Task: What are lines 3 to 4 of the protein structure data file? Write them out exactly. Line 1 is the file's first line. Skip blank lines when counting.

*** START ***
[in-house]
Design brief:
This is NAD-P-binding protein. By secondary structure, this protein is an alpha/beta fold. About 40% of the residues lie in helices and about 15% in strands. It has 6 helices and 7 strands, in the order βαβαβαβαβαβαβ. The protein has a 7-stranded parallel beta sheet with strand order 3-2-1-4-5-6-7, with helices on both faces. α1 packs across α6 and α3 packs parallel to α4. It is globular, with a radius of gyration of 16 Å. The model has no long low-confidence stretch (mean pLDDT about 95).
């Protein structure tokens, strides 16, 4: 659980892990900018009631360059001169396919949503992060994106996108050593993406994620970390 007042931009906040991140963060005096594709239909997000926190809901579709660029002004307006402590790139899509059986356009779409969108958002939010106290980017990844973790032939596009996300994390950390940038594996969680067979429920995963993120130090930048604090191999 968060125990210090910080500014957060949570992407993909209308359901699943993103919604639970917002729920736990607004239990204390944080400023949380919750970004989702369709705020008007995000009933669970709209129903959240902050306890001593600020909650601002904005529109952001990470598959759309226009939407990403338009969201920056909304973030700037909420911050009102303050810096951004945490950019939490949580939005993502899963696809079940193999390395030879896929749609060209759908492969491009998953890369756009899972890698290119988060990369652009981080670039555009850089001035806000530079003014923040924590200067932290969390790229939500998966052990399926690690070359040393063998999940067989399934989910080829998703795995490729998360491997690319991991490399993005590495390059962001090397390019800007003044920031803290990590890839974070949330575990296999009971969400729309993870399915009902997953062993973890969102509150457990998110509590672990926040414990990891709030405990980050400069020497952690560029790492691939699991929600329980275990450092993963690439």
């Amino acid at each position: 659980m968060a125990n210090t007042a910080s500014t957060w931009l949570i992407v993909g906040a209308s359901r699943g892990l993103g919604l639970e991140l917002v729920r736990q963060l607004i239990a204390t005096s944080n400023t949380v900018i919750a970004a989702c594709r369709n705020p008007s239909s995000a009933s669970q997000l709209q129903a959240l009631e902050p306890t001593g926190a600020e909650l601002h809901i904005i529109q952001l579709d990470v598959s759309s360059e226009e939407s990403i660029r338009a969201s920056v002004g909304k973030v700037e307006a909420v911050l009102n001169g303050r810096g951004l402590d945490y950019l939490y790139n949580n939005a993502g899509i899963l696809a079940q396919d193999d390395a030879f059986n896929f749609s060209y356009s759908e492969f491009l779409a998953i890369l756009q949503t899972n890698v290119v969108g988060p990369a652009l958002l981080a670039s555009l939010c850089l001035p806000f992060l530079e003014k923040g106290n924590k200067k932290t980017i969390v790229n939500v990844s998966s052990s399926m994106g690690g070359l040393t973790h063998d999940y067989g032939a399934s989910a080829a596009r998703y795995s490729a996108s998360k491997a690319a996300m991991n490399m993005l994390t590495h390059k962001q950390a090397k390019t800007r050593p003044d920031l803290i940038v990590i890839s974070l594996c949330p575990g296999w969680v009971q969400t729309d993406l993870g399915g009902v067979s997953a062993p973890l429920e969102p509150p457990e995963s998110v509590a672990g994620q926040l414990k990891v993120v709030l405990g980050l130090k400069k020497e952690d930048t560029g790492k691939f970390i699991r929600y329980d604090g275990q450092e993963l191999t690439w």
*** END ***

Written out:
This is NAD-P-binding protein. By secondary structure, this protein is an alpha/beta fold. About 40% of the residues lie in helices and about 15% in strands. It has 6 helices and 7 strands, in the order βαβαβαβαβαβαβ. The protein has a 7-stranded parallel beta sheet with strand order 3-2-1-4-5-6-7, with helices on both faces. α1 packs across α6 and α3 packs parallel to α4. It is globular, with a radius of gyration of 16 Å. The model has no long low-confidence stretch (mean pLDDT about 95).
């Protein structure tokens, strides 16, 4: 659980892990900018009631360059001169396919949503992060994106996108050593993406994620970390 007042931009906040991140963060005096594709239909997000926190809901579709660029002004307006402590790139899509059986356009779409969108958002939010106290980017990844973790032939596009996300994390950390940038594996969680067979429920995963993120130090930048604090191999 968060125990210090910080500014957060949570992407993909209308359901699943993103919604639970917002729920736990607004239990204390944080400023949380919750970004989702369709705020008007995000009933669970709209129903959240902050306890001593600020909650601002904005529109952001990470598959759309226009939407990403338009969201920056909304973030700037909420911050009102303050810096951004945490950019939490949580939005993502899963696809079940193999390395030879896929749609060209759908492969491009998953890369756009899972890698290119988060990369652009981080670039555009850089001035806000530079003014923040924590200067932290969390790229939500998966052990399926690690070359040393063998999940067989399934989910080829998703795995490729998360491997690319991991490399993005590495390059962001090397390019800007003044920031803290990590890839974070949330575990296999009971969400729309993870399915009902997953062993973890969102509150457990998110509590672990926040414990990891709030405990980050400069020497952690560029790492691939699991929600329980275990450092993963690439």